This is currently hanging on our fridge. It was a handlettering page that my daughter traced over. It’s of 2 Corinthians 4:17 – a verse that I actually used to be bothered by.
“For our momentary, light affliction is producing for us an absolutely incomparable eternal weight of glory.”
As in, I was annoyed by the sentiment. Rolled my eyes at what I thought of as the flippancy of the first part of it. “Momentary, light affliction?”
Of course it doesn’t bother Him, He’s GOD! is what I would think. From our human perspective, those “light afflictions” sure seem heavy, don’t they? I mean, something as meaningless as the Cubs losing in the eighth can bring about a feeling of discouragement. But still, even in the midst of my intense Cubs’ fandom, I can still see that the Cubs losing is not a big deal in the grand scheme of things and could be considered “light.” Okay, fine.
But what about permanent disability? I interviewed my brother this week on my podcast (you can listen HERE) about the fact that he has been legally blind since birth. Something that is a lifetime of hurt doesn’t seem so momentary anymore, does it? What about sickness, or anxiety, or hospital visits?
What about the pain that comes from other people hurting us physically, emotionally or spiritually? You did not ask to be harmed. You did not welcome it and had nothing to do with it. But the pain in the aftermath of that lasts.
Dealing with money, things breaking down, relationship struggles… all part of our dealing with a sinful world.
What about death? Losing someone we love implants a heavy grief that lingers and stays with us. Momentary? Light??
Paul is the one writing these verses, and he is discussing a current situation in his life as he writes to the people in Corinth, but in other places in Scripture, Paul himself cried out to God with his pain through various experiences in his life, asking God to remove it from him and saying it would be much better for him to die… because he understood that to be with God would be the ultimate answer.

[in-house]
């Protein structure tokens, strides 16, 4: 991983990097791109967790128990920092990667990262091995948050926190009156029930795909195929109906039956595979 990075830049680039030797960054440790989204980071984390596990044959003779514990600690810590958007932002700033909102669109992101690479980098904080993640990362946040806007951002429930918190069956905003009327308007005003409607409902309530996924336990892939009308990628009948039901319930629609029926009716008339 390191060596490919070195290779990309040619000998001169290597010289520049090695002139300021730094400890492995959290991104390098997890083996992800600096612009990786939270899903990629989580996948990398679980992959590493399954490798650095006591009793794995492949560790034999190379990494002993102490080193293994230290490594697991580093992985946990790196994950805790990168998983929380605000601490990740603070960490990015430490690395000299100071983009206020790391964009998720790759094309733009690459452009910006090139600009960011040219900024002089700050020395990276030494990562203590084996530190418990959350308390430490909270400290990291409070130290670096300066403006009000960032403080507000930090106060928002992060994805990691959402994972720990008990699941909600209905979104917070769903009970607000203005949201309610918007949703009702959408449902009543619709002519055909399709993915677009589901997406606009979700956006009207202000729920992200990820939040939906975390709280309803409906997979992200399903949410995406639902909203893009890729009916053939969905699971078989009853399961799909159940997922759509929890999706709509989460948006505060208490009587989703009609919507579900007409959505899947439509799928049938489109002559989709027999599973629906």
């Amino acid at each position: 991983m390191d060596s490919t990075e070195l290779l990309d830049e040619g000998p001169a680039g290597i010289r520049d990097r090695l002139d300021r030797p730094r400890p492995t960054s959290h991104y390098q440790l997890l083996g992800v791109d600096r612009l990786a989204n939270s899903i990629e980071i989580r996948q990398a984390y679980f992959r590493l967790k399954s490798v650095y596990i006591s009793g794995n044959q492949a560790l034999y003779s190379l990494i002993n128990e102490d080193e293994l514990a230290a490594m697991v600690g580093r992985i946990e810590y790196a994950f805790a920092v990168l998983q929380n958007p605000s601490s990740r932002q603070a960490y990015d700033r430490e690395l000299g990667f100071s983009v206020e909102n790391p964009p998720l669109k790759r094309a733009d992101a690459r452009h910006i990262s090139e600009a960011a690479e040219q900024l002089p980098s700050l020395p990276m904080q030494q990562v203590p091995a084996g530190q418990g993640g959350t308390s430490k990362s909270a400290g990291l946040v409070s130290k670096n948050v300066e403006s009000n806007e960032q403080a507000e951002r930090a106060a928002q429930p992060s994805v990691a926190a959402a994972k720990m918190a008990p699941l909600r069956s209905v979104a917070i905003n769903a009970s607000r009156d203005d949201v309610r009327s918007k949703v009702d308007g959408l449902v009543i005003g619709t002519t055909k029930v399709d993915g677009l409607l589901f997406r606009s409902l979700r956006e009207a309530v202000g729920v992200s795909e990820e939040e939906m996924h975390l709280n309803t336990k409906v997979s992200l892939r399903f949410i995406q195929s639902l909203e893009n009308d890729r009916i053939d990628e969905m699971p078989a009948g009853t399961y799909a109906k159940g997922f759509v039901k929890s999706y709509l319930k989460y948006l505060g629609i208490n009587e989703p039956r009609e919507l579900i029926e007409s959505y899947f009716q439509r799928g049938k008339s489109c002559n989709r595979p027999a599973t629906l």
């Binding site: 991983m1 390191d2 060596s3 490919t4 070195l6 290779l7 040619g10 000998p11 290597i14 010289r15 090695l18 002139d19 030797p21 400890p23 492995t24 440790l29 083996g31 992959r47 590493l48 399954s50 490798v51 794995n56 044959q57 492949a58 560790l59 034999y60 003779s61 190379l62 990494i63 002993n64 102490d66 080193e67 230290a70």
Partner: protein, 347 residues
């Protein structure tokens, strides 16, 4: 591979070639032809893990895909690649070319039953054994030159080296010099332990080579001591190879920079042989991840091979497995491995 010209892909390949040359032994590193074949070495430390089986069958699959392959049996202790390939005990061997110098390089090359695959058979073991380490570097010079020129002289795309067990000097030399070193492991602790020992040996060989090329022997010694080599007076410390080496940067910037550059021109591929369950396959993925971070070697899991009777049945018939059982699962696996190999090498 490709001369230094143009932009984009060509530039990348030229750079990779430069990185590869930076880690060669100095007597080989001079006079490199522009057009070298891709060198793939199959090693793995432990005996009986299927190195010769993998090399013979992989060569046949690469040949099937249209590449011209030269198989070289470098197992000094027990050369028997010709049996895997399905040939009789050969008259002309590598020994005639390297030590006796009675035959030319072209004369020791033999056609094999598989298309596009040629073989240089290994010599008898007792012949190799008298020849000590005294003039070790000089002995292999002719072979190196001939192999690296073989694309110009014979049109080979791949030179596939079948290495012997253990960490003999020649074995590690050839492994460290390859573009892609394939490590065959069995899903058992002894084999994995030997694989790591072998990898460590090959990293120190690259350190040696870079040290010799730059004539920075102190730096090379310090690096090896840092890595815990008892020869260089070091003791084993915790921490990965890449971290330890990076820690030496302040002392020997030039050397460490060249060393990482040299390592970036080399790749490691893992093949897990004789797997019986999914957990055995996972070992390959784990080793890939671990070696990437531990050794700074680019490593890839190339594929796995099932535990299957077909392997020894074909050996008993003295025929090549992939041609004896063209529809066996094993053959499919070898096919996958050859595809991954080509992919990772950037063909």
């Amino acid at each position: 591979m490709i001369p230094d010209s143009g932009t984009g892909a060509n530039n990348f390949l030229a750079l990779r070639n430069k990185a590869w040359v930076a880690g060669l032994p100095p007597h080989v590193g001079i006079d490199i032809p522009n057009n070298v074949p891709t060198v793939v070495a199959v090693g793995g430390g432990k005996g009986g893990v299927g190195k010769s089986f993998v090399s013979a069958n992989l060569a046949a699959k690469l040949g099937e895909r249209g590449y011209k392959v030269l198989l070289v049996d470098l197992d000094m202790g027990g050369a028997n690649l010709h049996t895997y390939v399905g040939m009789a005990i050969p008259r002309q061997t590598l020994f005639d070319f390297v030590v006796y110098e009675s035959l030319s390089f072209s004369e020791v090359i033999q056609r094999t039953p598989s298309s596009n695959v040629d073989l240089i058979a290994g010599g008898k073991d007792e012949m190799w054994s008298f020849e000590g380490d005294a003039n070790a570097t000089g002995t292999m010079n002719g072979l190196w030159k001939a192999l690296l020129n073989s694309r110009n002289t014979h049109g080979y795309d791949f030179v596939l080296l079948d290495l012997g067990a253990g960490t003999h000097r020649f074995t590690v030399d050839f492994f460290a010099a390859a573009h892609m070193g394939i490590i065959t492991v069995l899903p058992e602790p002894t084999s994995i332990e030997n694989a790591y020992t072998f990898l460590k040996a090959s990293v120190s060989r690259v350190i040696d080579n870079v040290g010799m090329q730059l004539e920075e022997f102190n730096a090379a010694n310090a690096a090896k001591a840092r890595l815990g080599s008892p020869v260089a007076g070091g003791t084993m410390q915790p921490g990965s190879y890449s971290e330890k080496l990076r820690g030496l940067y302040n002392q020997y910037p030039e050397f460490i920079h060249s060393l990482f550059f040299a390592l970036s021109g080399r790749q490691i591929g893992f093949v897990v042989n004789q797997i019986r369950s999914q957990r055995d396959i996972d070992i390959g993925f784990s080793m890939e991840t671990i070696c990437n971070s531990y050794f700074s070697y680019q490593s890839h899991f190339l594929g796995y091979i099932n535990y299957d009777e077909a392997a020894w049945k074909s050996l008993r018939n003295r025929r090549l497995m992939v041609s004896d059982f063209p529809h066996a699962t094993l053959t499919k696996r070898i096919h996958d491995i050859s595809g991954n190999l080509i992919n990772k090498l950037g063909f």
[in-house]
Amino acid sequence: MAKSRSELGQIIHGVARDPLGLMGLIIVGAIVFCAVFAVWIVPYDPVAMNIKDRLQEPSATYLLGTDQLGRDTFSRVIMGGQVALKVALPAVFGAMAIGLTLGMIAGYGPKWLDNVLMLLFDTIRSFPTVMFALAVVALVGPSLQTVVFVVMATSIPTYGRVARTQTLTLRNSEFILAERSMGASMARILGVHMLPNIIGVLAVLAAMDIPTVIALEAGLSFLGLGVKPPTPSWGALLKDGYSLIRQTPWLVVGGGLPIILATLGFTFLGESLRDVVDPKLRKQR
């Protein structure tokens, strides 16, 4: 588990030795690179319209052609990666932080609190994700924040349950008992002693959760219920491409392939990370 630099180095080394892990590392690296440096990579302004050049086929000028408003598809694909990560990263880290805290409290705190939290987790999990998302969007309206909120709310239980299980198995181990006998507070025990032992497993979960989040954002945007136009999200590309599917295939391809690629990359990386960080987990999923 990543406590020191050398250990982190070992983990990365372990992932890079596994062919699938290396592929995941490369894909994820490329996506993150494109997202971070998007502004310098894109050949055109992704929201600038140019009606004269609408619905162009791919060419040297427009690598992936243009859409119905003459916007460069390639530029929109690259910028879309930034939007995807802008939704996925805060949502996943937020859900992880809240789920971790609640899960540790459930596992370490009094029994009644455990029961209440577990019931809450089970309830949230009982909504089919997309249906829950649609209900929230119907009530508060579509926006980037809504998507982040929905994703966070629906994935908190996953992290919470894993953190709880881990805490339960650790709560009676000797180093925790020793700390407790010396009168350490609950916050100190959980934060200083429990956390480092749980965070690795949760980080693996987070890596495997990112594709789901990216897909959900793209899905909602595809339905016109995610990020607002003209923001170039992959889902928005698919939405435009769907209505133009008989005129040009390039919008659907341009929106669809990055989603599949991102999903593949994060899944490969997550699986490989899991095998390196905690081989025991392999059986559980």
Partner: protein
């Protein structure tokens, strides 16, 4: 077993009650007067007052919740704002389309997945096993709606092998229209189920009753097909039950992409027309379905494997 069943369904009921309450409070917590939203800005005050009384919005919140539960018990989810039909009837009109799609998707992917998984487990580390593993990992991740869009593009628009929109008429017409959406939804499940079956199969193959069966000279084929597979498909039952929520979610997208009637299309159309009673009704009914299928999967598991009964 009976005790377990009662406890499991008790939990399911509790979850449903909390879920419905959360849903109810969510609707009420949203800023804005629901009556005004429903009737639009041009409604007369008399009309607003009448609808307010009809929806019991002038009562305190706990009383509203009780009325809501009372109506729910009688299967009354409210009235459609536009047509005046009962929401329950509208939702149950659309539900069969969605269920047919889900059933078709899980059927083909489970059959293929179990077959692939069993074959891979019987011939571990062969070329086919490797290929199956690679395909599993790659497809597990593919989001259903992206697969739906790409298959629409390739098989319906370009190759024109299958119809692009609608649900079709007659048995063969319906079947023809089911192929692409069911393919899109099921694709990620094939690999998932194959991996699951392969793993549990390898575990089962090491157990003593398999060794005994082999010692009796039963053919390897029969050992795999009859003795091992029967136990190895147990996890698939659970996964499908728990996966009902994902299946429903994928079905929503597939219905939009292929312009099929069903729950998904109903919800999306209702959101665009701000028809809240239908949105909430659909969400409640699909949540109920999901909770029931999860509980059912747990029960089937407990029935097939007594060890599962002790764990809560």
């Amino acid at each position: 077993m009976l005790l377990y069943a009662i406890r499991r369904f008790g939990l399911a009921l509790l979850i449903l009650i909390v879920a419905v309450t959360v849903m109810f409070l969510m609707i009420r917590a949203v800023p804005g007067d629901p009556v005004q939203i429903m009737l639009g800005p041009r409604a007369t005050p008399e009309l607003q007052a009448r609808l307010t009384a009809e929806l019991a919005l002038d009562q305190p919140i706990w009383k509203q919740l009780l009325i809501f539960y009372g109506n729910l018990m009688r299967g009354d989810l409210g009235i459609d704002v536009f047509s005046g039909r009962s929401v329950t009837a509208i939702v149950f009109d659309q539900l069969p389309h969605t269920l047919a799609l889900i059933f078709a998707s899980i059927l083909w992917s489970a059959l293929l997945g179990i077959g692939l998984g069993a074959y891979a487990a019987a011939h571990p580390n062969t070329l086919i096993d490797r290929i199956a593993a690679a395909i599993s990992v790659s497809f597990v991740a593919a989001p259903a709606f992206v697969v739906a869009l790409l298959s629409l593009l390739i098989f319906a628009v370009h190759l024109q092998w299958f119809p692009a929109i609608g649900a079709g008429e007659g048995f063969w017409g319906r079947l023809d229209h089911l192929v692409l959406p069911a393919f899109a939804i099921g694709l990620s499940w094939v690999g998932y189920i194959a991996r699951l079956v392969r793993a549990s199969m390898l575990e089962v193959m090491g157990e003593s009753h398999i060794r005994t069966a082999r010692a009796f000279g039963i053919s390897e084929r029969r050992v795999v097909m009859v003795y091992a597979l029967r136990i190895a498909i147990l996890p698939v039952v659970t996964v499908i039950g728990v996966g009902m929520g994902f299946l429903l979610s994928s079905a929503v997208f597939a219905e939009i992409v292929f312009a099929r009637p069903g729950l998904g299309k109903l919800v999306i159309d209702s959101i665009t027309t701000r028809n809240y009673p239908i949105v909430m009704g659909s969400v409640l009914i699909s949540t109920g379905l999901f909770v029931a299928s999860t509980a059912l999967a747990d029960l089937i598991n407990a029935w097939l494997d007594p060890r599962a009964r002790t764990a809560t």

So, recently my daughter handlettered the verse. And put it on our fridge. And I read it multiple times a day. And admittedly, at first, I wanted to take it down because for some reason once again, it bothered my human-centric self somehow. But something made me keep it up there. To read. To think about. To meditate on.
Having given birth to three kids means I have experienced pain (and yes, that pain was LEGIT. It was real.). It was temporary. Then I held my babies. And the joy was intense as we welcomed in our new little ones. That did not negate the fact that there was pain. The pain was not forgotten. In fact, one of my kids likes to ask about the pain of having him, and I always make it super dramatic to get a response from him. So it’s not like I forgot it at all! What it did was make that pain worthwhile. It redeemed the pain. I say to him, “But I got you! It was worth it!” I think he loves hearing that.
And I’m finally able to see that the affliction is not at all being downplayed in this verse. It’s still just as big, just as overwhelming, just as full-of-pain. But get this, THAT pain?
It’s just that the incomparable weight of HIS glory is so big next to it.
Weight of glory
Incomparable – without an equal in quality or extent; matchless.
That doesn’t minimize the pain at all. In a sense, it “honors” the pain and how heavy it is. BUT in comparison, the eternal glory we will experience will redeem the pain.
If we jump back a verse to verse 16, the first phrase is “So we do not lose heart.” The cause is that this weight of glory is incomparable. The effect is that we do not lose heart. We keep our minds on that which is eternal. We live knowing God is a God of redemption and through all our experiences here in an earthly realm, we are being sanctified and made to be more like Him.
And yes, the verse is still up. I figure I should keep it up for the Cubs’ postseason anyway…